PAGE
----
This past weekend, I learned of Quinton Hoover's death.
I don't write about every significant artist's death. When the late Moebius died a year ago, I didn't write about it. I loved his work but I can't say it was very influential to me, nor did I know him personally. With Quinton, however, it was both.
As many of you know and as some of you remember from your own history, Quinton's early work in Magic: the Gathering, from its earliest days, was simply incredible. If I can say so without denigrating the ability of others from those earliest sets (many of whom are friends of mine still in one form or another), he was hands-down the best of that bunch. What was most amazing still was that he was essentially self-taught, and hadn't done much color work professionally prior to his work on Magic. He was a self-professed comics guy who ended up spending most of his professionally active years in gaming, doing color work.
And what color work! His Mucha-esque inks and drawing, coupled with a love of Michael Kaluta and other artists resulted in a drawing ability and style that was his own, easily identifiable, and lovely. His utter ease at drawing (no doubt the result of countless hours beating the difficulty out of himself) always amazed me. He rarely to my knowledge relied on models. From his head to paper via his hand. Amazing. In my earliest days as an illustrator, among that group working in the collectible card industry, he was my favorite.
I met him on a couple of occasions at signing events, and he was a fun and gentle guy, with his big head of frizzy hair and world-weary look. We corresponded often via email or as part of some email groups I've been on most of my career. I had the honor of having him critique my works, and was very grateful for his encouragements to me in my earlier years, often at times when I needed both. He was also willing to receive and appreciative of anything I had to offer him about his own work...which wasn't much.
Just a few years into working, I had the opportunity to collaborate with Quinton on a small Middle-Earth illustration. I don't know why he condescended to working with me, but we certainly divided the labor appropriately: he sent me a page of bristol with a delicately penciled illustration of Snaga coming to oppress Frodo, being held captive in Cirith Ungol. My job was to take it to color. It was intimidating, but proved the old adage that all good painting is good drawing, first. That the piece was of any worth at all was due to his pencils.
After completing it, we weren't sure what to do with it. We were both happy with it. Quinton wanted it so we traded. I sent him the final painting to keep, and he sent me a smaller painting I quite loved. I surely wasn't going to ask for one of his valuable Magic paintings, but I also greatly enjoyed his work on the first sets of Legend of the Five Rings,which I also worked on. One of my favorites was the character Isawa Tsuke. When the painting arrived, I hung it up for many years next to my work space. I haven't had a living situation where I can hang it for a few years, but I look forward greatly to reframing it when I have a larger space.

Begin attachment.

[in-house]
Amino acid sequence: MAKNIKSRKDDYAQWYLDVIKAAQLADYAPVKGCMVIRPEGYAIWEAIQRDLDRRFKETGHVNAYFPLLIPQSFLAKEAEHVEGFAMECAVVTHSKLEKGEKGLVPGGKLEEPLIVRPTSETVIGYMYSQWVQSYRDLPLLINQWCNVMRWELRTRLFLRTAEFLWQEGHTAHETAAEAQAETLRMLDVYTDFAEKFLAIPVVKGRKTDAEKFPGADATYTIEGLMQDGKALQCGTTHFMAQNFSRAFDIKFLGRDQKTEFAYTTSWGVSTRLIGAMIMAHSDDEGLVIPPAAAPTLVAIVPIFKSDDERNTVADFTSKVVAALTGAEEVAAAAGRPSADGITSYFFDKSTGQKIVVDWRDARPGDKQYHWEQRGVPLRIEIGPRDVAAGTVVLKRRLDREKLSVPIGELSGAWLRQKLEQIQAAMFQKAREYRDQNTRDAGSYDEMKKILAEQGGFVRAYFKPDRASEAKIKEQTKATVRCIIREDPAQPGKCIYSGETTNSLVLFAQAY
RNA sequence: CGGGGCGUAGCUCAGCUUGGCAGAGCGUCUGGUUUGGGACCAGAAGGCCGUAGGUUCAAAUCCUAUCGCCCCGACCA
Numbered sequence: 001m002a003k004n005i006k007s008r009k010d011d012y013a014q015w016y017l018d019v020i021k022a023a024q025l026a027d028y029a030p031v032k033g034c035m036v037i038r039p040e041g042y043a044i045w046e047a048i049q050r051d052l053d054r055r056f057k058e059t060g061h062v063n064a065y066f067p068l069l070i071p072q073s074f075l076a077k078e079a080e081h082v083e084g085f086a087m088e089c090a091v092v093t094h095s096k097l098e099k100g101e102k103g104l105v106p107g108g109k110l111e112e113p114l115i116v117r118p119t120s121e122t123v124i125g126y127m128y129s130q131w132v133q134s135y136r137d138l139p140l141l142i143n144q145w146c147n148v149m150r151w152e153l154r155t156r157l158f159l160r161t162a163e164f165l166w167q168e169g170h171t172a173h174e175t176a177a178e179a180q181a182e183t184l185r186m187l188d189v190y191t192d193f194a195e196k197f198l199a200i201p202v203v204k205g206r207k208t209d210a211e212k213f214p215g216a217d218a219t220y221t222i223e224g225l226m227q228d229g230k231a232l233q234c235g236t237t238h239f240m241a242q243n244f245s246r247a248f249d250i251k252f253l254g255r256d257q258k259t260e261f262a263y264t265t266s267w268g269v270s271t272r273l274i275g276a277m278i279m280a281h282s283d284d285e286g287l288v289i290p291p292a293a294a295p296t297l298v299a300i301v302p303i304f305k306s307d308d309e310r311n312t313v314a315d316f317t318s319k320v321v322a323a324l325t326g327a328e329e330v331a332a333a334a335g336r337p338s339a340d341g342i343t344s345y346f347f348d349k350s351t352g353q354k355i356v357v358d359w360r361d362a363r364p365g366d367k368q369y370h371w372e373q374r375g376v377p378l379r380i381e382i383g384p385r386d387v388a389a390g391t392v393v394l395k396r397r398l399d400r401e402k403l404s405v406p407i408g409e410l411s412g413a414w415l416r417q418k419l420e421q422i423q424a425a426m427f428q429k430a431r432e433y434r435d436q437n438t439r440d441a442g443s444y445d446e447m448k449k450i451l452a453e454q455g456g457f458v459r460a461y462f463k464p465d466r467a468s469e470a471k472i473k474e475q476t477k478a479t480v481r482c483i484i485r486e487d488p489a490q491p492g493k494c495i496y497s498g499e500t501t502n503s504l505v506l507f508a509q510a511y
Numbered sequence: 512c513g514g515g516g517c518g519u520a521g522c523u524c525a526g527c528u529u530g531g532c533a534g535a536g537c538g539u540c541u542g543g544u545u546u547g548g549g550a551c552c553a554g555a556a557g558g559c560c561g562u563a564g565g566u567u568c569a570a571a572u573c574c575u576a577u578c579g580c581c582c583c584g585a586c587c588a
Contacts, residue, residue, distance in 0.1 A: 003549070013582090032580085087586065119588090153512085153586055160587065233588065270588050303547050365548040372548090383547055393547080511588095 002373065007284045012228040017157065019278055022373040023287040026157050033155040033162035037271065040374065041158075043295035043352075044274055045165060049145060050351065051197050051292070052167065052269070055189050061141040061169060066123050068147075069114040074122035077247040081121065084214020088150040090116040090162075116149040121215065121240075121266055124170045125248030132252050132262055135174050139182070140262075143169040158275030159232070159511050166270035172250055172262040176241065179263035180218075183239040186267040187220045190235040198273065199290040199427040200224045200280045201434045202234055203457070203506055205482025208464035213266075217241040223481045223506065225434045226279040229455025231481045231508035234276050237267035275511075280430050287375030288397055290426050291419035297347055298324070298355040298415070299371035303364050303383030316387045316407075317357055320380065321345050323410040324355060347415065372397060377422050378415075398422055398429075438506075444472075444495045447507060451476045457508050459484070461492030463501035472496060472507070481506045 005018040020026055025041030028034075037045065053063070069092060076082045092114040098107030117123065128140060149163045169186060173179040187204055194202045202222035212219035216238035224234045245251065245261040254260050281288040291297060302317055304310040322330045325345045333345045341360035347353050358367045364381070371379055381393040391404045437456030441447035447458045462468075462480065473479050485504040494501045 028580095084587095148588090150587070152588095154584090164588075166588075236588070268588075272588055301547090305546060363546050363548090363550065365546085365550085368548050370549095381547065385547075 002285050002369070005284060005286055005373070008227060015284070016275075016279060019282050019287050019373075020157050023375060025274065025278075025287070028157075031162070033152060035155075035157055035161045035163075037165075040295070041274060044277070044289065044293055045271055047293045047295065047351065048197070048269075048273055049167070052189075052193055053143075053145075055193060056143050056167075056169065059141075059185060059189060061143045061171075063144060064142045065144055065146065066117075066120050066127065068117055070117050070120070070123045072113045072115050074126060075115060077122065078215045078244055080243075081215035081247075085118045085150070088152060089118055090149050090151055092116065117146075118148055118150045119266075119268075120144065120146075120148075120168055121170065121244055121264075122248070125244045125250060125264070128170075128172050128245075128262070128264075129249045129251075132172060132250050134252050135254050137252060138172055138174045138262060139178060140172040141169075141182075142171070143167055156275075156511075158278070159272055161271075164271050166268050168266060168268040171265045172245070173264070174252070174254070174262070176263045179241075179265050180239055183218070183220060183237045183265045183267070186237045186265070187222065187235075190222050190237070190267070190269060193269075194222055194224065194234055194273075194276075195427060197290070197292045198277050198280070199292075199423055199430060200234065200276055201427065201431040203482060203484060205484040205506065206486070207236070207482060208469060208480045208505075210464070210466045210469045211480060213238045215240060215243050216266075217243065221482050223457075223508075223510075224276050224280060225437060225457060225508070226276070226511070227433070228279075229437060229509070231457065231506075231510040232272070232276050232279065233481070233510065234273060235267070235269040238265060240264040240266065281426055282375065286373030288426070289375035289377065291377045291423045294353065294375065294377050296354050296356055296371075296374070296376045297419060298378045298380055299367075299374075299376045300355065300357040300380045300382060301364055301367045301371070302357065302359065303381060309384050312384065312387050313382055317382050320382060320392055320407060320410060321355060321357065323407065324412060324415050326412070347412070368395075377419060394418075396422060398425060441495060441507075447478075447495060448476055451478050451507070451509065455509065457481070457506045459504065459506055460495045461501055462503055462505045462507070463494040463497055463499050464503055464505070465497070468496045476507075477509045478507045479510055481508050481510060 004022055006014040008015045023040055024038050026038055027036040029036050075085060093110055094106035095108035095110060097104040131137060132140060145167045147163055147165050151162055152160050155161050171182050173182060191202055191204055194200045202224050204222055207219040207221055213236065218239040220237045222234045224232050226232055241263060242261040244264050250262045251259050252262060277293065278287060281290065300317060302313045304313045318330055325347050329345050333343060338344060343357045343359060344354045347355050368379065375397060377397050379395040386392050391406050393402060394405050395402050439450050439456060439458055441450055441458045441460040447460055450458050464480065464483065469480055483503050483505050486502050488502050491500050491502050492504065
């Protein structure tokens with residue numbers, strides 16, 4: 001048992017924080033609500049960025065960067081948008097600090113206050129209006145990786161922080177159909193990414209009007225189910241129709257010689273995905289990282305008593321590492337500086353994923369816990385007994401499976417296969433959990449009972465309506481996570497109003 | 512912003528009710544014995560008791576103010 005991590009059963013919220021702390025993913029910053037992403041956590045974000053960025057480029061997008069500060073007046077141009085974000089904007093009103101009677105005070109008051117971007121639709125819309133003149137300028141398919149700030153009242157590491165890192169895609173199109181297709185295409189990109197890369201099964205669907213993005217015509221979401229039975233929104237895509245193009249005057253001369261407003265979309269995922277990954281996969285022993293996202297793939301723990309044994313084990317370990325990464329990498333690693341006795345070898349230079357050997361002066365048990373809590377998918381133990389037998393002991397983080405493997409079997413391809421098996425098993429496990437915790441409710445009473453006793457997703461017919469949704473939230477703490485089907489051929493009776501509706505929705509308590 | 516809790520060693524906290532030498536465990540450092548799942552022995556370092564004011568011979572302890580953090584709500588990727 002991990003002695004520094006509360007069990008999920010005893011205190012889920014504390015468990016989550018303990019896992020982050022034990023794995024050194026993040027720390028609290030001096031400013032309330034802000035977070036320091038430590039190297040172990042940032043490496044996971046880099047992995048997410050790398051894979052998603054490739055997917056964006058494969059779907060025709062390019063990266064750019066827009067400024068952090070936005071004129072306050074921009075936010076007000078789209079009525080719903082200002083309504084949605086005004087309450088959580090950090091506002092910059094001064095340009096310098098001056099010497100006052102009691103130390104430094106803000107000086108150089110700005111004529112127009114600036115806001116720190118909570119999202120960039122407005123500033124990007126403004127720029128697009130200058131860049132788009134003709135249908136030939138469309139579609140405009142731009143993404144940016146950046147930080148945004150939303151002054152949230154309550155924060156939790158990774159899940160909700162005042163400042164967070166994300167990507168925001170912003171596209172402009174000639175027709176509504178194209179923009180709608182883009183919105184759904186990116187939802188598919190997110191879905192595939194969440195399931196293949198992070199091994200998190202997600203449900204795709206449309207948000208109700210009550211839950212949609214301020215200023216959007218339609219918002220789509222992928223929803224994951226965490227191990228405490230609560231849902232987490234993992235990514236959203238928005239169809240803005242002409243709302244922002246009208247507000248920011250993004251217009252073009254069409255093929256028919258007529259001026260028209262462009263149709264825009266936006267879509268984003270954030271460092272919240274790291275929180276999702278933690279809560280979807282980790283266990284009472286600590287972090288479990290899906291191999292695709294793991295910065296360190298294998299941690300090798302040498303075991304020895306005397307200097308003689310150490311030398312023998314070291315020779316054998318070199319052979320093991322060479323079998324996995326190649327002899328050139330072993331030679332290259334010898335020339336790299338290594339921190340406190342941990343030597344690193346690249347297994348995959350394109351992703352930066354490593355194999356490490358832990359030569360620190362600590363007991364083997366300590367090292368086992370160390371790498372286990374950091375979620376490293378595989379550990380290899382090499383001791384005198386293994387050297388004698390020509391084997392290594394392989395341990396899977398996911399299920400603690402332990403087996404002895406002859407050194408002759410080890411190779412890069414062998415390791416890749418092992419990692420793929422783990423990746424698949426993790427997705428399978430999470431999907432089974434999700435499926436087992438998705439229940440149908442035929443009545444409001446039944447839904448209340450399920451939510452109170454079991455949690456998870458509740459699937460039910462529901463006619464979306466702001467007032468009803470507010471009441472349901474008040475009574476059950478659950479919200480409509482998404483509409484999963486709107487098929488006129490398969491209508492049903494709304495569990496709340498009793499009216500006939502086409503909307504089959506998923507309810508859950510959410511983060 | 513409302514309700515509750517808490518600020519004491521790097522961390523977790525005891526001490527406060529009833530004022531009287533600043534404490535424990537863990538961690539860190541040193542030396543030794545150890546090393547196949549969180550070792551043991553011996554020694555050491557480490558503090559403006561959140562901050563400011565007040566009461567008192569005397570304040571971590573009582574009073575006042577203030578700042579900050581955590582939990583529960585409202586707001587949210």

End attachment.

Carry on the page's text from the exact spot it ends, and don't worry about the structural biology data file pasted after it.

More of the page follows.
That same year I submitted Snaga to the Spectrum annual, and it was accepted. In those days we would have had to send a transparency. I had already traded the piece to Quinton, and didn't have a good enough scan nor transparency. I'm sure I've told this story before. It was during one of those periods where he'd disappear for various reasons, and we couldn't get it together in time for submission, which I'll always kick myself for (I should've had it shot myself).
Shortly thereafter I invited Quinton to participate in my online gallery, Daydream Graphics, where I was happy to support his work for a few years. By the early 2000s, however, life for Quinton became a series of difficulties. Life as a freelance artist is hard for most, but it was harder for him than many. It's much too complex to go into and much of it was private, but I was always saddened, sometimes angry, that his reputation and popularity did not continue to grow over time, for the various reasons that it didn't. I did what I could to support him and was happy to do so, and when the time came to pull apart from Daydream, as happened with many illustrators over the years, we did so amicably and with our friendship intact--which was the case with every artist who came and went through DDG, a fact I was always proud of.
And now he's gone. I must say that the past 6 or so years we lost touch more or less. I don't want to paint myself as being a greater or closer friend than we were. Occasionally he'd pop up on those email lists, but our personal interactions fell off. This was due to just working in increasingly diverging spheres and having no points of contact to refresh our friendship, but as I said, not because of any bad feelings at all. I am very glad to have known him and for all I learned from him. I'm proud of my time supporting his work actively, and am so very happy to own a painting by him. I've often talked about the very intimate and personal aspect of owning original art. At times like this, it is so much more special, and just drives home the belief that physical paintings are so valuable. They really are a tangible extension and record of an active and creative mind; Quinton's will no longer give us wonderful things to see, but what a record he left behind.